Were it not for the fact that the Riverfront rug tends to handicap singles hitters such as Rose and Morgan, Cincinnati's record this season would be an enigma. By winning their series from the Braves last week, the Reds finally lifted their home record to .500 for the season, 25-25. The team's road record is 36-14, virtually a complete reverse of the standard process by which pennants are won.
But few things really seem to make sense in the National League West this season. Every team but the Braves has either been in the lead or shared it at one time or another. Los Angeles and Houston were the two most prominent teams during the early going, but uncharacteristic deficiencies arose in each. For years theorists explained that "The Dodgers never beat themselves." They do this year. Consequently the team with the best overall pitching staff in the division found itself last week 9� games behind the Reds because of shabby fielding. The Glasshouse Gang from Houston was supposed to thrive because needed power had been added to a pitching staff rich in talent and promise. Houston's power has indeed come through; its pitching certainly has not. Youngsters Ken Forsch and Jerry Reuss, who were supposed to lift some of the pressure off experienced starters Larry Dierker, Don Wilson and Dave Roberts, have completed only five of 39 games and compiled a record of 13-13.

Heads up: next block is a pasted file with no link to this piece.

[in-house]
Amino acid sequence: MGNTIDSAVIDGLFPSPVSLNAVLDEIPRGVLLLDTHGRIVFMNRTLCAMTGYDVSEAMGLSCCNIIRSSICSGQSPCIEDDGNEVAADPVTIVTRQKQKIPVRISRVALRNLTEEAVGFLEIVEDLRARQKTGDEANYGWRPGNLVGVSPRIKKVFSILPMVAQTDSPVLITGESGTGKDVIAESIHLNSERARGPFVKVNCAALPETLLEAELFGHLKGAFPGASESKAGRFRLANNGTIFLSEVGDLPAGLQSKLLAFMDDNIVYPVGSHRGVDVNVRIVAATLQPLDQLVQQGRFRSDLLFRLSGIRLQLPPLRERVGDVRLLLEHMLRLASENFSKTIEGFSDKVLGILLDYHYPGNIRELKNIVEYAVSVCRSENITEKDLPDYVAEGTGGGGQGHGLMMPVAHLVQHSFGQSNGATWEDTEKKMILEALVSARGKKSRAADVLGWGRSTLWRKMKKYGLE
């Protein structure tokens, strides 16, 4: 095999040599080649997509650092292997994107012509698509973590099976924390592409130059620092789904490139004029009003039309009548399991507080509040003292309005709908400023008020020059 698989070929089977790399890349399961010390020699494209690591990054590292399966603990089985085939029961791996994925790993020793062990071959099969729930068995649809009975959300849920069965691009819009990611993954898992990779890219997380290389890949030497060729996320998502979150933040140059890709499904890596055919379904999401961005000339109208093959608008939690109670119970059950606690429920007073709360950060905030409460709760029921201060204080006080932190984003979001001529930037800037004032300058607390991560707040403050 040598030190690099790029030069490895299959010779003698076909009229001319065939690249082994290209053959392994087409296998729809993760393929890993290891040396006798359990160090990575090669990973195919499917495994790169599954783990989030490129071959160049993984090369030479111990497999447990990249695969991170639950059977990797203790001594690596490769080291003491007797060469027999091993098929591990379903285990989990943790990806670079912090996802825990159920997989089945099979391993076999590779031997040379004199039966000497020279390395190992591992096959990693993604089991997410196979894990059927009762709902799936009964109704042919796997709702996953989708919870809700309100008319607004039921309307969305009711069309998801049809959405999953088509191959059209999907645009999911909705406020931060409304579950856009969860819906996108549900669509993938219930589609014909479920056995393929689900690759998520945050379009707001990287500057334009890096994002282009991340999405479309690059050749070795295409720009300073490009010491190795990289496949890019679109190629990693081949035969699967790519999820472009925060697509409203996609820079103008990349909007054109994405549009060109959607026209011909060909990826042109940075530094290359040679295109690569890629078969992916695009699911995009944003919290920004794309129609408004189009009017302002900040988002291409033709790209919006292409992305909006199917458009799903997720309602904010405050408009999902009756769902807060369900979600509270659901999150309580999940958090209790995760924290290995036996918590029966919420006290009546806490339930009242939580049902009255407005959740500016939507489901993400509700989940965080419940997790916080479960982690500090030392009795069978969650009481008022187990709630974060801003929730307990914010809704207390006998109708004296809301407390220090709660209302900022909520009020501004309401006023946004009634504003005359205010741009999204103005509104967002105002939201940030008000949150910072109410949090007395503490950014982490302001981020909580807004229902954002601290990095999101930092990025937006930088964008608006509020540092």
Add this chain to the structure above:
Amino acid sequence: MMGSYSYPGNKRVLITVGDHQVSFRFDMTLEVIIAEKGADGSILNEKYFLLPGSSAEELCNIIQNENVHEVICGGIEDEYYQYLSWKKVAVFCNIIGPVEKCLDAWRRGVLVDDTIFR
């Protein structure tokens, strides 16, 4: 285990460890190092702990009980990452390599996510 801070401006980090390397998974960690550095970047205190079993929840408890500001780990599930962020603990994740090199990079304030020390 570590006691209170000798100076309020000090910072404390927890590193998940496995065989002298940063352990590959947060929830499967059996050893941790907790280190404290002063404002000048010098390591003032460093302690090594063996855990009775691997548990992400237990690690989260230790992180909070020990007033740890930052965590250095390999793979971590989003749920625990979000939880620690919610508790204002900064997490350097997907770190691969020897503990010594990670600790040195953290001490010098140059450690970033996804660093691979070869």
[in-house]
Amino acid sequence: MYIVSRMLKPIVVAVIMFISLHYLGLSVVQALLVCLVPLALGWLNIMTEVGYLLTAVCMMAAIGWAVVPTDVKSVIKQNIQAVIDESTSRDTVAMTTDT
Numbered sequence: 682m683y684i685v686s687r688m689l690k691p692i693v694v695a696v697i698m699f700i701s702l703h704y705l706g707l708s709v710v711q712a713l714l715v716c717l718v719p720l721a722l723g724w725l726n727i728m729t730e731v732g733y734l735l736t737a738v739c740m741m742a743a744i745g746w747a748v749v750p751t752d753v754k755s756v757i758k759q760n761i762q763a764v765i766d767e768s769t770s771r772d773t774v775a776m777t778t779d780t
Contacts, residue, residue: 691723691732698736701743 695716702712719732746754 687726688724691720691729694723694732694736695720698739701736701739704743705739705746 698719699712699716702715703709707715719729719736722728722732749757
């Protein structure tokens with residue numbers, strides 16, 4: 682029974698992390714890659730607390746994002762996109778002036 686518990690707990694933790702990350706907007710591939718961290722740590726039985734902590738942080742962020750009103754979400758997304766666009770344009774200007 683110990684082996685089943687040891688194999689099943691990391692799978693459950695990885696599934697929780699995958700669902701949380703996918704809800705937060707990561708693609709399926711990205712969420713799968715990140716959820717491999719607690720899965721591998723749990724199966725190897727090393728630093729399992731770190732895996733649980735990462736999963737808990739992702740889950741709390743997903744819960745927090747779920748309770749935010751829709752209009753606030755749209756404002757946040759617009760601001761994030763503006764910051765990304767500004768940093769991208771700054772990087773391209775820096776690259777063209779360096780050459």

In Cincinnati there is still some apprehension about a staff which has yet to pitch two consecutive complete games, but concern about pitching in recent seasons has been as common in Cincy as finding hordes of hippies in Fountain Square. Word last Saturday that number one starter Gary Nolan (13-3) was again having arm problems did not help the morale of Red fans.
But Cincinnati still has Reliever Clay Carroll, The Hawk. In each of the last four seasons Carroll has swooped into over 60 games. So far this year he has made 42 appearances resulting in five wins and 23 saves. "Whenever I walk by him," says Sparky Anderson, "he says, 'The Hawk is sittin' in the tree.' That means that he's ready to fly."
There is still plenty of flying time left before the race is decided, particularly in view of baseball's newest asterisk. Due to the strike at the beginning of the season, teams will finish the schedule with different numbers of games played. The Reds are a 154-game team, Houston will play 153 and the third-place Dodgers 155. If the Reds and Morgan run into any snags, that "all-important" lost column may be as all-important as all get-out to the Astros and Dodgers.